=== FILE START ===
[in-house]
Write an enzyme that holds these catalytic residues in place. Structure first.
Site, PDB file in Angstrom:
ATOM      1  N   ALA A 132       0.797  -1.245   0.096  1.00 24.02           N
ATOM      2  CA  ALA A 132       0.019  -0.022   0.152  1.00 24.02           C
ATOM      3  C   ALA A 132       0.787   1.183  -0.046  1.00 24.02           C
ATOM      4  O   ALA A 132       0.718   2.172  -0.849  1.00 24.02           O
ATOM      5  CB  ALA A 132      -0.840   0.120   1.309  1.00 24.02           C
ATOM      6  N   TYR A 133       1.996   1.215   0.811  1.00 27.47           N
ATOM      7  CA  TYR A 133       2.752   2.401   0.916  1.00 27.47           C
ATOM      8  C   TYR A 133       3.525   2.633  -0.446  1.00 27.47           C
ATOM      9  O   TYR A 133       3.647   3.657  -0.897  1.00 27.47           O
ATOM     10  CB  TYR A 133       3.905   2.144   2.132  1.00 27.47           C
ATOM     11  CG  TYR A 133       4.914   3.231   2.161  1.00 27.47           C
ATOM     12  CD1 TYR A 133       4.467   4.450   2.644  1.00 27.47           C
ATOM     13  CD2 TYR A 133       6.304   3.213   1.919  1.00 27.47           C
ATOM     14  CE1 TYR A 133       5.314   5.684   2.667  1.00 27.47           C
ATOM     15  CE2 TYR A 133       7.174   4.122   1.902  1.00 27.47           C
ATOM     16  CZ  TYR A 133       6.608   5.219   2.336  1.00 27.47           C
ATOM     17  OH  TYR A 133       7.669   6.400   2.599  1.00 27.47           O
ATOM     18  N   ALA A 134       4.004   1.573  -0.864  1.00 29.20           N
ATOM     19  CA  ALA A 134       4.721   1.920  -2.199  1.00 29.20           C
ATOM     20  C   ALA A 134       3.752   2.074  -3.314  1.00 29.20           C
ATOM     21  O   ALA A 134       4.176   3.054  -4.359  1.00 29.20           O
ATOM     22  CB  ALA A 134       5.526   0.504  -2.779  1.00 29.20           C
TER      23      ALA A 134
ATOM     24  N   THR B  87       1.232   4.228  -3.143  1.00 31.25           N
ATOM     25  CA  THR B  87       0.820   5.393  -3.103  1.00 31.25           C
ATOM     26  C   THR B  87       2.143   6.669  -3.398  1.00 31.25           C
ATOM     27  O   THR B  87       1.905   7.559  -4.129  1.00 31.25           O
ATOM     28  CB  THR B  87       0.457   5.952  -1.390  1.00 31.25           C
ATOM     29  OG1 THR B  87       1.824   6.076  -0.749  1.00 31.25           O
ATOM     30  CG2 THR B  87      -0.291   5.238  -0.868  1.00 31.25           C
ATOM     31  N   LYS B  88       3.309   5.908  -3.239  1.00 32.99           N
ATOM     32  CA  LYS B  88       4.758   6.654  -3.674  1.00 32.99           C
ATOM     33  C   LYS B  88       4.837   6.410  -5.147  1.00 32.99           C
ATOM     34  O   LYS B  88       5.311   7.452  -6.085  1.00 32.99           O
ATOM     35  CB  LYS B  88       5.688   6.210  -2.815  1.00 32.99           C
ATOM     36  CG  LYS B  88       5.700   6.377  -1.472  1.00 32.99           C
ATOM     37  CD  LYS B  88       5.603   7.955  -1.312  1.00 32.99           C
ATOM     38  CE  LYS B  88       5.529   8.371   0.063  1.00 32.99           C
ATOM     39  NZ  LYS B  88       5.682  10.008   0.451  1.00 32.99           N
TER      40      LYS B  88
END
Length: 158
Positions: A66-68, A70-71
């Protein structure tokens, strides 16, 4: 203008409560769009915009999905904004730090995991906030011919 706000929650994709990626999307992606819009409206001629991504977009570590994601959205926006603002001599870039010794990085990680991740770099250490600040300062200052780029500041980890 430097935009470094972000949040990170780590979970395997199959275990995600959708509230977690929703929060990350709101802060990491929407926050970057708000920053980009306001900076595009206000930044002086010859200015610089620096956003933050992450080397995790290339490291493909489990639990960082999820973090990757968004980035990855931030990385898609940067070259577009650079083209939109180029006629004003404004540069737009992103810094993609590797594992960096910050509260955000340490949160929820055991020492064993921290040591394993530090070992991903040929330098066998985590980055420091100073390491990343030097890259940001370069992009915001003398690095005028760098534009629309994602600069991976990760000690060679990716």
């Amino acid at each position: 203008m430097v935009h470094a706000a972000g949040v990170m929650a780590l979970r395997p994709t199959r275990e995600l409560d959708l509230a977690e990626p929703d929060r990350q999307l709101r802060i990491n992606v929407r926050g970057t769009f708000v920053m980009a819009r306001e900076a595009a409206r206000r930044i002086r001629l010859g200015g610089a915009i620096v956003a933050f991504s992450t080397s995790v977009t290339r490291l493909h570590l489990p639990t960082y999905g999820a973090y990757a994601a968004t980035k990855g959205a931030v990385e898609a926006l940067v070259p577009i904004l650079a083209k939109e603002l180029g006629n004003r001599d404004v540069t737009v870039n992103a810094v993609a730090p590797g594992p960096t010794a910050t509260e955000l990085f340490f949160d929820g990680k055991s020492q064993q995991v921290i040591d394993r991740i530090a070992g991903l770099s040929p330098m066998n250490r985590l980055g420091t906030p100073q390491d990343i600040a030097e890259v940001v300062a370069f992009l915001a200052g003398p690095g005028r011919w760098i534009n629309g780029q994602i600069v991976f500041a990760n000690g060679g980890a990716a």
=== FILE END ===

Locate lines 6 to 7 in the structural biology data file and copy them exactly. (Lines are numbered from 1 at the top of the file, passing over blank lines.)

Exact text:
ATOM      3  C   ALA A 132       0.787   1.183  -0.046  1.00 24.02           C
ATOM      4  O   ALA A 132       0.718   2.172  -0.849  1.00 24.02           O